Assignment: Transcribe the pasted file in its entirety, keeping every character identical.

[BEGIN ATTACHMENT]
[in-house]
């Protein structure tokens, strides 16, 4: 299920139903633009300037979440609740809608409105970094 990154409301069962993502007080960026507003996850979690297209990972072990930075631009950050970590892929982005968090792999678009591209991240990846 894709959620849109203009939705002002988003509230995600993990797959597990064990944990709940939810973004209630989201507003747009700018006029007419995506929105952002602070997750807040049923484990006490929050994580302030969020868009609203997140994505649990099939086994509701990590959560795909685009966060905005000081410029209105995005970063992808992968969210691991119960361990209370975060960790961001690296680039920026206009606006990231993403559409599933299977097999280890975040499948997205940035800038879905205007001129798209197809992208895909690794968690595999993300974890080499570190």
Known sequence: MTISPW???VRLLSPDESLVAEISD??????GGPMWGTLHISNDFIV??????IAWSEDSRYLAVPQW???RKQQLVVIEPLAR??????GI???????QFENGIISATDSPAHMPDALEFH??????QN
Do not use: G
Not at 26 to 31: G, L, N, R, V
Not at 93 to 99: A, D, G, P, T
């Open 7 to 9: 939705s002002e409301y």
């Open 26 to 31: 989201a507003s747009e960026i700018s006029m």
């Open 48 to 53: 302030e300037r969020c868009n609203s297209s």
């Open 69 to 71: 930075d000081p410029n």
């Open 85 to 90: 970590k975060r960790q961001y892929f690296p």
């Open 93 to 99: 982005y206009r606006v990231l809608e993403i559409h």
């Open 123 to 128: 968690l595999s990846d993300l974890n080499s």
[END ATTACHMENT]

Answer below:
[in-house]
């Protein structure tokens, strides 16, 4: 299920139903633009300037979440609740809608409105970094 990154409301069962993502007080960026507003996850979690297209990972072990930075631009950050970590892929982005968090792999678009591209991240990846 894709959620849109203009939705002002988003509230995600993990797959597990064990944990709940939810973004209630989201507003747009700018006029007419995506929105952002602070997750807040049923484990006490929050994580302030969020868009609203997140994505649990099939086994509701990590959560795909685009966060905005000081410029209105995005970063992808992968969210691991119960361990209370975060960790961001690296680039920026206009606006990231993403559409599933299977097999280890975040499948997205940035800038879905205007001129798209197809992208895909690794968690595999993300974890080499570190």
Known sequence: MTISPW???VRLLSPDESLVAEISD??????GGPMWGTLHISNDFIV??????IAWSEDSRYLAVPQW???RKQQLVVIEPLAR??????GI???????QFENGIISATDSPAHMPDALEFH??????QN
Do not use: G
Not at 26 to 31: G, L, N, R, V
Not at 93 to 99: A, D, G, P, T
């Open 7 to 9: 939705s002002e409301y």
């Open 26 to 31: 989201a507003s747009e960026i700018s006029m």
């Open 48 to 53: 302030e300037r969020c868009n609203s297209s």
């Open 69 to 71: 930075d000081p410029n």
């Open 85 to 90: 970590k975060r960790q961001y892929f690296p």
């Open 93 to 99: 982005y206009r606006v990231l809608e993403i559409h």
């Open 123 to 128: 968690l595999s990846d993300l974890n080499s």